Former Raven Orlando Brown probably didn't know he had diabetes, medical examiner says
Fowler said it is unclear what type of diabetes Brown had. Diabetic ketoacidosis is most commonly associated with Type 1 diabetes, which is found most often in children or young adults. The medical community thinks Type 1 is an autoimmune disorder, although the exact cause is not known. Type 2 diabetes is linked to diet habits andobesity.

Doctors said that because of Brown's age he didn't have the classic criteria for a Type 1 diagnosis, although it is possible. A ketoacidosis diagnosis from Type 2 diabetes, though uncommon, is more likely to occur in African-Americans, said Rita Kalyani, an assistant professor of medicine in the division of endocrinology and metabolism at Johns Hopkins.

Some doctors expressed surprise that Brown didn't show any of the symptoms of diabetes.

But athletes learn to push through the pain, so Brown may have had a higher tolerance for sickness.

"Professional athletes are used to feeling pain," Williams said. "It's almost a daily activity."

It is also possible that Brown could have confused some of the symptoms for general sickness. Thirst andfrequent urination are early signs of diabetic ketoacidosis. Other symptoms such as dry or flushed skin and shortness of breath later appear.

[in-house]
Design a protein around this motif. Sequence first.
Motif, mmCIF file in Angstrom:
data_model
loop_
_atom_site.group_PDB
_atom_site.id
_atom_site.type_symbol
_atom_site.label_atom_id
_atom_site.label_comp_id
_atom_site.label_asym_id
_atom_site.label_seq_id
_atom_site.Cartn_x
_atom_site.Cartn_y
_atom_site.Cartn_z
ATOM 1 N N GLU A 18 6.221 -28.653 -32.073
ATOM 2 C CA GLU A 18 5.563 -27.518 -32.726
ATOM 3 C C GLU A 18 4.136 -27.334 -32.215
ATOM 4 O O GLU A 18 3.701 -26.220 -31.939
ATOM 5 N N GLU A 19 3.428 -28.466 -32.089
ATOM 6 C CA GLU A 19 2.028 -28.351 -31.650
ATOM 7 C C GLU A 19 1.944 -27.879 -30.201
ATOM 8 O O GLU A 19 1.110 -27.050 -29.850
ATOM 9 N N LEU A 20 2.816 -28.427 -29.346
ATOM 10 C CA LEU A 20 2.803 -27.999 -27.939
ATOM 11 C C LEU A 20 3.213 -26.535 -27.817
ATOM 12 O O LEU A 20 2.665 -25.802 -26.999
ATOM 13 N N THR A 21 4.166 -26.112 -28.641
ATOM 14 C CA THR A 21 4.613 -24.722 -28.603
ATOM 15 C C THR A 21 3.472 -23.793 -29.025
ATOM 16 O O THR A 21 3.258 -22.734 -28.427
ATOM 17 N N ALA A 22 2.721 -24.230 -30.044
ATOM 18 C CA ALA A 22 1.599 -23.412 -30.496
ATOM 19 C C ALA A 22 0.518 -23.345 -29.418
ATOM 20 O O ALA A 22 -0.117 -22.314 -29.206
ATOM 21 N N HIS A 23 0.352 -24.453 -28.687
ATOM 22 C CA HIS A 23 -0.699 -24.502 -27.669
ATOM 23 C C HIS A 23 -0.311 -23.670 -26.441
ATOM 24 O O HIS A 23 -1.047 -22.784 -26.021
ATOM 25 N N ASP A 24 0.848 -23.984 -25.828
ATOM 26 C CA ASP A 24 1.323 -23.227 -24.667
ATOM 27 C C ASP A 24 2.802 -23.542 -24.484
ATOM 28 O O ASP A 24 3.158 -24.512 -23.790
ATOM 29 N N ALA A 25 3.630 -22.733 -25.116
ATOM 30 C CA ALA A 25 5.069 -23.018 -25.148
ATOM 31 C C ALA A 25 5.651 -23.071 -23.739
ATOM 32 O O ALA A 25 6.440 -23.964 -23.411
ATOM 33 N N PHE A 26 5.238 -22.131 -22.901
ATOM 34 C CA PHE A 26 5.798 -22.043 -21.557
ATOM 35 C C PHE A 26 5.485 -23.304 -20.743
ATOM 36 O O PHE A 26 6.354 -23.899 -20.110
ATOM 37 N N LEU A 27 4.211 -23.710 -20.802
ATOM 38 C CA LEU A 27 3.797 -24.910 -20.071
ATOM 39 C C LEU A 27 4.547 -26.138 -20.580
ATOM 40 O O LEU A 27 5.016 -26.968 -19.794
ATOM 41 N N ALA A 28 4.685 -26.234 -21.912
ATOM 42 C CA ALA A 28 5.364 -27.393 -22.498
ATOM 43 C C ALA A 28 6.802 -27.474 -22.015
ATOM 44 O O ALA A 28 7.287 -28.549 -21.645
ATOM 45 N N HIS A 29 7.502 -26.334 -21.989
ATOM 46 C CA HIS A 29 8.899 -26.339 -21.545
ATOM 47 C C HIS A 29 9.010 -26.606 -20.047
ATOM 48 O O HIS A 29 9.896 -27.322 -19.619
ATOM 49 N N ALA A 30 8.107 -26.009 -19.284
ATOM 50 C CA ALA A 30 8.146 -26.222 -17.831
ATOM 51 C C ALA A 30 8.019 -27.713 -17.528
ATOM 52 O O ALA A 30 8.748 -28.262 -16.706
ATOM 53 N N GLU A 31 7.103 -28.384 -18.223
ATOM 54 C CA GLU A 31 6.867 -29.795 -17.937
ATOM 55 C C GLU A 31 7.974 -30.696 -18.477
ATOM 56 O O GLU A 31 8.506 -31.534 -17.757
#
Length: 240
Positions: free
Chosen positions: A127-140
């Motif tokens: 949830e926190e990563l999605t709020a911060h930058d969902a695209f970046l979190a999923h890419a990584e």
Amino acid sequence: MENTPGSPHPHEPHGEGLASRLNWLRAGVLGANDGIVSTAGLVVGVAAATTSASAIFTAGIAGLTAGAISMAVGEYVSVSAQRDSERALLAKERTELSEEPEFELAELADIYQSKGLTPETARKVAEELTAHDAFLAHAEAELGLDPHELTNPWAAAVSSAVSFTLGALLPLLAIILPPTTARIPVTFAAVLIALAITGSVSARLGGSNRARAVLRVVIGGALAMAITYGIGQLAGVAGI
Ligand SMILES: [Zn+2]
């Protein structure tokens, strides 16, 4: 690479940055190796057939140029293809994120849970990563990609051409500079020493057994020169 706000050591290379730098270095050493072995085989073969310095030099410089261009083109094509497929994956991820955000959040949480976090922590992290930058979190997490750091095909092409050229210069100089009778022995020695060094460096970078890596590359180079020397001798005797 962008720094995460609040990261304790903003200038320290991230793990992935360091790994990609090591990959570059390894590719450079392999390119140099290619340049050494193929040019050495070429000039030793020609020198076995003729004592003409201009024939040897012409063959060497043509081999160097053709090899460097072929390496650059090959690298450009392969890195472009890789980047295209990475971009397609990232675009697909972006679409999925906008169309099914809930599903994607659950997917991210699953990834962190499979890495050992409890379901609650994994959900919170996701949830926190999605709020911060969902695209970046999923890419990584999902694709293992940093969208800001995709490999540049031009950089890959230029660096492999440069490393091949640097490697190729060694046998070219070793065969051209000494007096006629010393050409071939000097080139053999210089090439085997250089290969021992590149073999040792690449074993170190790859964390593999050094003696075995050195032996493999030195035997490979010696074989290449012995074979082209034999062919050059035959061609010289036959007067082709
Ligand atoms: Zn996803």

The medical examiner said over-the-counter flu medicine was found in Brown's apartment, giving some indication that he might have felt sick. But it was unclear how long the medicine had been there.

Fowler said that a relative indicated Brown might have been feeling sick for a few weeks.

"For someone who is undiagnosed, they may not know they have diabetes," Kalyani said. "The symptoms may occur gradually, and people may not recognize them."

Kalyani said some people wind up in the emergency room and are diagnosed there.

Marc I. Leavey, an internist with Mercy Medical Center's Lutherville Personal Physician's site, said the progression of the disease could have developed quickly. The condition can develop slowly but when vomiting occurs, the symptoms can quicken and in a few hours, according to the American Diabetes Association.

"You can develop rapidly onset diabetes," Leavey said. "If he didn't know it was there, the whole thing could have happened in a couple of weeks."

Kalyani said Brown's case demonstrates the need for continued diabetes education.

"We need to do as much as we can to build community awareness and patient education," she said. "We hope to reach those who may not know they have diabetes so we can prevent this kind of thing from happening."

andrea.walker@baltsun.com

http://twitter.com:ankwalker



Warning signs of ketoacidosis



The condition can develop slowly but when vomiting occurs can rapidly speed up.